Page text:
American’s believe sequester won’t impact them much; gun control bill languishing in Congress; hospital deaths fall slightly. Those stories and more topping public health headlines today, Wednesday, March 27, 2013.

New York Times – New Prostate Cancer Tests Could Reduce False Alarms
Sophisticated new prostate cancer tests are coming to market that might supplement the unreliable P.S.A. test, potentially saving tens of thousands of men each year from unnecessary biopsies, operations and radiation treatments. Some of the tests are aimed at reducing the false alarms, and accompanying anxiety, caused by elevated P.S.A. readings. Others, intended for use after a definitive diagnosis, examine the genetic workings of the cancer to distinguish dangerous tumors that need treatment from slow-growing ones that might be left alone.

Washington Post – Study: Claims costs that drive premiums will rise 32 percent in under health law
A new study finds that insurance companies will have to pay out an average of 32 percent more for medical claims under President Barack Obama’s health care overhaul. What does that mean for you? It could increase premiums for at least some Americans. If you are uninsured, or you buy your policy directly from an insurance company, you should pay attention. But if you have an employer plan, like most workers and their families, odds are you don’t have much to worry about.

Politico – Has Washington waited too long?
President Barack Obama said Newtown changed everything. But it didn’t change Washington. Two days after 20 first-graders were gunned down at Sandy Hook Elementary School in what Obama has said was the worst day of his presidency, he took the podium at the memorial service with a simple message: Americans’ approach to guns was wrong, and it had to change. Too many children had died, and he wouldn’t let more follow them. And yet more than 100 days later, no bill has passed either house of Congress — and members are now off on a two-week spring break.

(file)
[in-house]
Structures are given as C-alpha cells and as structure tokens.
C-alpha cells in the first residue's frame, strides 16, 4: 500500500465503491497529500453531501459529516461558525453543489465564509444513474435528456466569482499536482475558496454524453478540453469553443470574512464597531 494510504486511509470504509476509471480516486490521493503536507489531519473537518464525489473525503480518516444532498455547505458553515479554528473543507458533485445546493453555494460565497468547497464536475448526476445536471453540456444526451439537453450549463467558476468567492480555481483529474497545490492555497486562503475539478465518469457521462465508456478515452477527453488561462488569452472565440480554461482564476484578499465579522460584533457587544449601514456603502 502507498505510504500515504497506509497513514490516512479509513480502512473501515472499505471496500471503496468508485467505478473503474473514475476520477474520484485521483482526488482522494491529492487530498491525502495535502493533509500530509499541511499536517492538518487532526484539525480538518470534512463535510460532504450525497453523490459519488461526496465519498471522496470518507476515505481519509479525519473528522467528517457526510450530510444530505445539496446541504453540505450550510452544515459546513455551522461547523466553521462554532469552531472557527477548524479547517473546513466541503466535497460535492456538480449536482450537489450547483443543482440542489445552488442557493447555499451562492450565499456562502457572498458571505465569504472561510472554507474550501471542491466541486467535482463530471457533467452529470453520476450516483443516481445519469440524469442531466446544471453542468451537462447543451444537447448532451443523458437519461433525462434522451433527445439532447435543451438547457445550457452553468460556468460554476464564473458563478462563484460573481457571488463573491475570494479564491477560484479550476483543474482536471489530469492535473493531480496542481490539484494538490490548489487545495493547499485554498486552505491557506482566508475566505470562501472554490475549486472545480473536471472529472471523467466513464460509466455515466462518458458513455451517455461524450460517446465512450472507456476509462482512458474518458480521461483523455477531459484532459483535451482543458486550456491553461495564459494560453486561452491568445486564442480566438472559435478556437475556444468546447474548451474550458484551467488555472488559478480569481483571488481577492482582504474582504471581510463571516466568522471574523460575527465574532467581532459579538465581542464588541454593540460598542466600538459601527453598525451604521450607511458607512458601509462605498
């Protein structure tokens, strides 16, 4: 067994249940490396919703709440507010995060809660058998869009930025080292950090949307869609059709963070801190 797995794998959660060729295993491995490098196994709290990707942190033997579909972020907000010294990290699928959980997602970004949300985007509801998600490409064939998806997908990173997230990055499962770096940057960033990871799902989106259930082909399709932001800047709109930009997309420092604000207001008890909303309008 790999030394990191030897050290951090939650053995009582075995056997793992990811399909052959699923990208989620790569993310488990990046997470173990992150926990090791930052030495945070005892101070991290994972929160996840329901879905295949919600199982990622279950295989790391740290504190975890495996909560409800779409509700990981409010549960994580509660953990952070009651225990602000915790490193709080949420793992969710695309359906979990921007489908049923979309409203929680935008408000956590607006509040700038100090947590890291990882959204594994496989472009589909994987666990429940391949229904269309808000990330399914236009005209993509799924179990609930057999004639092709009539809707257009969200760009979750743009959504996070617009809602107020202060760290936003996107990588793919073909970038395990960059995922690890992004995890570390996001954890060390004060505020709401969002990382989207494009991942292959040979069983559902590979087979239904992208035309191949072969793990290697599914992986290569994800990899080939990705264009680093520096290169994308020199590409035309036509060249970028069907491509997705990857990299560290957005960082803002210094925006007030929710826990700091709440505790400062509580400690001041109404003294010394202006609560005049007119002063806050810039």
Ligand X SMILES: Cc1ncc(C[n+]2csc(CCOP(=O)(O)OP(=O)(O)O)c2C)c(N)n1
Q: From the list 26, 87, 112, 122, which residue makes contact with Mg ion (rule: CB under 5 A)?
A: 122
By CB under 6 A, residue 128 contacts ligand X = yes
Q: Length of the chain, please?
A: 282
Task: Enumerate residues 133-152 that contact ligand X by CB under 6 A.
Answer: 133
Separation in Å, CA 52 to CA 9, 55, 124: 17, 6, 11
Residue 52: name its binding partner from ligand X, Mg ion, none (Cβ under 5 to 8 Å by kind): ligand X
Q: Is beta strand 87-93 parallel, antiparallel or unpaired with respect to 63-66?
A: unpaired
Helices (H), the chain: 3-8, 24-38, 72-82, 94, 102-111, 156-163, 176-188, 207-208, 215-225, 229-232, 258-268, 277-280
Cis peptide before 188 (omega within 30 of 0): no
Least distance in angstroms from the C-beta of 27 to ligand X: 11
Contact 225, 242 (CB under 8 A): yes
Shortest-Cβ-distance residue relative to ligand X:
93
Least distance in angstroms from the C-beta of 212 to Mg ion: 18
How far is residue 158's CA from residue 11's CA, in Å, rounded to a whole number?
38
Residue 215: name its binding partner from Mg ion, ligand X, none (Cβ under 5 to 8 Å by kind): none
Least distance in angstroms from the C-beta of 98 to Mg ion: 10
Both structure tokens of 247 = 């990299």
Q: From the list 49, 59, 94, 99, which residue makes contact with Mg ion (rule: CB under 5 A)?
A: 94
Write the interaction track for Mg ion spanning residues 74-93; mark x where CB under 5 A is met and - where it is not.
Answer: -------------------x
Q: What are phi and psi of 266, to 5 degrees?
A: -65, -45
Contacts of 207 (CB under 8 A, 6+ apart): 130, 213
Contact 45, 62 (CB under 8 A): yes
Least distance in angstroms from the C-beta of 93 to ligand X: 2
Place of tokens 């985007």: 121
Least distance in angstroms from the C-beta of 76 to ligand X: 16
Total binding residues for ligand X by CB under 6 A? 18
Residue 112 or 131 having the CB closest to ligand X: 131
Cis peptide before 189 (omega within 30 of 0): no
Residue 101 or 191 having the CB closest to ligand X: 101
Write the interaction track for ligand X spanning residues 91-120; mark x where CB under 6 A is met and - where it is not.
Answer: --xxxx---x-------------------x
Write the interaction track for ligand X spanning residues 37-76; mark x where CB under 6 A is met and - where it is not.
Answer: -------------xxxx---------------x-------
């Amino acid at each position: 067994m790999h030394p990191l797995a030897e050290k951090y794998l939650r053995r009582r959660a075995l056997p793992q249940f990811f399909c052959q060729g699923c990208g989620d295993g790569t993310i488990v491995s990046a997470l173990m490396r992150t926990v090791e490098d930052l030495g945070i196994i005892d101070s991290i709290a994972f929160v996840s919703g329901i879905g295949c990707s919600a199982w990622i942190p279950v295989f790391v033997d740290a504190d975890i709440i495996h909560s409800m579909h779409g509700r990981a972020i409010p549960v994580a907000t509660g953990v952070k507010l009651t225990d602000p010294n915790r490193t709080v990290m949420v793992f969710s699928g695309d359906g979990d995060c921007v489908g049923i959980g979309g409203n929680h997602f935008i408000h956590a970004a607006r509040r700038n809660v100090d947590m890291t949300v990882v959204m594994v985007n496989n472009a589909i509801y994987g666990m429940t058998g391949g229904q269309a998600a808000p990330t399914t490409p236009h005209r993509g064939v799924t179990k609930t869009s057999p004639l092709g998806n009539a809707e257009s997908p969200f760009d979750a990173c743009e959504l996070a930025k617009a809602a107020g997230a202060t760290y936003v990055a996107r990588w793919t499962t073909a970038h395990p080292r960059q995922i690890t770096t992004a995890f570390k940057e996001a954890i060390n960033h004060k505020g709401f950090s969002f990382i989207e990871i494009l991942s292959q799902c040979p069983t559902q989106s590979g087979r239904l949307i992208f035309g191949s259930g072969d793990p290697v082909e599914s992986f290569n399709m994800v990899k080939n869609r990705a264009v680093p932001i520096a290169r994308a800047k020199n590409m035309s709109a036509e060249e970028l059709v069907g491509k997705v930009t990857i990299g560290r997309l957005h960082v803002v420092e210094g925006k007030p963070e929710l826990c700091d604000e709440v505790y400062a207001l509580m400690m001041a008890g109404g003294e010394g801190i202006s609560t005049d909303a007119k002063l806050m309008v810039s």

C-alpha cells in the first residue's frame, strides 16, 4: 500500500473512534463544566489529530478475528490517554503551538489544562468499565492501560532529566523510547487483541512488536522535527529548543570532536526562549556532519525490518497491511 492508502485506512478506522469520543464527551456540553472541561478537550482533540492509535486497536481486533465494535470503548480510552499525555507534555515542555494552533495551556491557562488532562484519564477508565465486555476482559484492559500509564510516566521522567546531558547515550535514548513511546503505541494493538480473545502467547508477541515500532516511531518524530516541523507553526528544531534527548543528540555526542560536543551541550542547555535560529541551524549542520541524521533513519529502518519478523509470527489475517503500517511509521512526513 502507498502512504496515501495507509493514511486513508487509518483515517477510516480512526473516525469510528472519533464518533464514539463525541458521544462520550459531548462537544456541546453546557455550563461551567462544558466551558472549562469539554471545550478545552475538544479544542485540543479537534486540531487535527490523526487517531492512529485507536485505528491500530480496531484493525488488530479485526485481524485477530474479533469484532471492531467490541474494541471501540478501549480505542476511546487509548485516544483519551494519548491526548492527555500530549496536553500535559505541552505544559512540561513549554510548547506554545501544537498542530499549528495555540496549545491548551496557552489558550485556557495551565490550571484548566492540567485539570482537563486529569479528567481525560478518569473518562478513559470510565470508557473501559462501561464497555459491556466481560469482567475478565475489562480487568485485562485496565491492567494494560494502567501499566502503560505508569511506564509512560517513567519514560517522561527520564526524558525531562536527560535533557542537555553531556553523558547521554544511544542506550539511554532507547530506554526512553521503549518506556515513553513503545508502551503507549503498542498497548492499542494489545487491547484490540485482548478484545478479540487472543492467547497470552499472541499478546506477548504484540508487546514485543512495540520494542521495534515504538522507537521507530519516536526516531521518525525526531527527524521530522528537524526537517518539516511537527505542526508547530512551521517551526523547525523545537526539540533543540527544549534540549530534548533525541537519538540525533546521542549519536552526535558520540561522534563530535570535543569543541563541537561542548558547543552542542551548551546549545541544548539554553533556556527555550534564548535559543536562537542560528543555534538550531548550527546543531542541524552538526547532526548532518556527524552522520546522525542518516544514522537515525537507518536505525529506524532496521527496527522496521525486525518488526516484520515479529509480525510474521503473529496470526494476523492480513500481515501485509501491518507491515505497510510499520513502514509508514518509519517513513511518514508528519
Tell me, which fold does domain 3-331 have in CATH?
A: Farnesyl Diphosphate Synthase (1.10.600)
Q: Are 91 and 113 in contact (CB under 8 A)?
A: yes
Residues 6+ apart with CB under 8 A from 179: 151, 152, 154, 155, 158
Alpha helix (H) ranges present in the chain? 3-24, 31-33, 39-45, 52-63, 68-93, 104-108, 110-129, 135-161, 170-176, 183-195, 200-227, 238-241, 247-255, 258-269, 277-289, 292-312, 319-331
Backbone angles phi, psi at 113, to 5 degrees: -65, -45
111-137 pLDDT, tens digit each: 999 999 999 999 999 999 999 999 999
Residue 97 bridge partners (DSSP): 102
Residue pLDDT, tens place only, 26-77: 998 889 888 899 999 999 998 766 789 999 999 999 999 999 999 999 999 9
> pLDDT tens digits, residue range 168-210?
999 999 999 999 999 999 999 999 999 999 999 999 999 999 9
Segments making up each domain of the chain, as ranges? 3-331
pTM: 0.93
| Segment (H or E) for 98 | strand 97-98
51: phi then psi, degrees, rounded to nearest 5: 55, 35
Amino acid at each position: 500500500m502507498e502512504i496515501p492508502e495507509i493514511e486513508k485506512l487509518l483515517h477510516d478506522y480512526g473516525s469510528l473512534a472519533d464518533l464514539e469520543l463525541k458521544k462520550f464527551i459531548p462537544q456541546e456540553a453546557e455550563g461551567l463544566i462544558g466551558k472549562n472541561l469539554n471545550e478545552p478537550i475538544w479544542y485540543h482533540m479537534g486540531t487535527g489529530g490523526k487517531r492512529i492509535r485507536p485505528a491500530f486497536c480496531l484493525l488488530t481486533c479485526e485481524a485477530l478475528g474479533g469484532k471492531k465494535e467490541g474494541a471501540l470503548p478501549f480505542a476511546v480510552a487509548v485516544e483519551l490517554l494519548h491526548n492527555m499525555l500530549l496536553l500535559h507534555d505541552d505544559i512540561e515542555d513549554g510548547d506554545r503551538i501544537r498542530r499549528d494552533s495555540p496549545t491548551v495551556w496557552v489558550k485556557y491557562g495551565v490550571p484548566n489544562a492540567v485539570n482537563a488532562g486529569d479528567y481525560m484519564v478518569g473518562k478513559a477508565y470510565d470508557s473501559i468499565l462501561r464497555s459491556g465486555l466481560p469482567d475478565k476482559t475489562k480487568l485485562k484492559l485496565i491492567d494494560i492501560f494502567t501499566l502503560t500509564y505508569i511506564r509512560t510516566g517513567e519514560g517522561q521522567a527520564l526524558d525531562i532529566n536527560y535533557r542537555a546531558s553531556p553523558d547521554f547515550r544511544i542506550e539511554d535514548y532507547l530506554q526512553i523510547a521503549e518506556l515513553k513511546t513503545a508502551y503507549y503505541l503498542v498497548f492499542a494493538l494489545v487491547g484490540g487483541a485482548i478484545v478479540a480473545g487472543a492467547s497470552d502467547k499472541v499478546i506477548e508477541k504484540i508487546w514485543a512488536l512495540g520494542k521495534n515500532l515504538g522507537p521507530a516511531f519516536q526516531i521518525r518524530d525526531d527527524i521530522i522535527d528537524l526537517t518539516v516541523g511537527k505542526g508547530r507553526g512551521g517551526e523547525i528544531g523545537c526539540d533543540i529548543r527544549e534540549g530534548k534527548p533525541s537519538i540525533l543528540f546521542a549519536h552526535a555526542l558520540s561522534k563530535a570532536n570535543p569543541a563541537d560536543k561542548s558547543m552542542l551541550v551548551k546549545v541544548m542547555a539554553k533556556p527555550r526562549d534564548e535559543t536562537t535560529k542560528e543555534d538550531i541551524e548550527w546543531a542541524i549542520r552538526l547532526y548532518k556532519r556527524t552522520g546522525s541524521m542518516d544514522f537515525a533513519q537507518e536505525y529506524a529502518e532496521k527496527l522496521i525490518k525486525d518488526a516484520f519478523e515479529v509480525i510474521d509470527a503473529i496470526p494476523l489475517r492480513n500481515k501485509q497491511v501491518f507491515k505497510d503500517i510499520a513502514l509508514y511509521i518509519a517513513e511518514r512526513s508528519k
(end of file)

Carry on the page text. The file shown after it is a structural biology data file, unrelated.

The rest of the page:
Politico – Poll: Anger at D.C. on the rise
Eight in 10 Americans are unhappy with Washington, according to a new poll — with nearly 30 percent describing themselves as “angry.”

Both of those numbers have jumped in recent months and are now the highest recorded since CBS began asking the question in 2010. In December, 75 percent of the country were unhappy with D.C., and only 21 percent were angry. In addition, 61 percent of the country believe the United States is on the wrong track, the highest number since the aftermath of the debt ceiling debate in August 2011. President Barack Obama’s job approval has slipped from 52 percent in February to 45 percent today, and disapproval has jumped from 38 percent to 46 percent, the CBS poll found. Congressional job approval also fell — to 11 percent from 14 percent. Eighty-one percent of the country disapprove of how Congress is handling its duties.

NBC News – Hospital deaths declined just a little over 10 years, report finds
The number of people who died in the hospital has fallen just 8 percent over 10 years, despite a big emphasis on letting people die in hospice or even at home, new federal statistics show. And a lot of the decrease appears to be from an overall drop in many types of death, the new report from the National Center for Health Statistics shows. “People don’t want to die in the hospital – yet a lot of them are,” says NCHS’s Margaret Jean Hall, who led the study with colleagues Shaleah Levant and Carol DeFrances.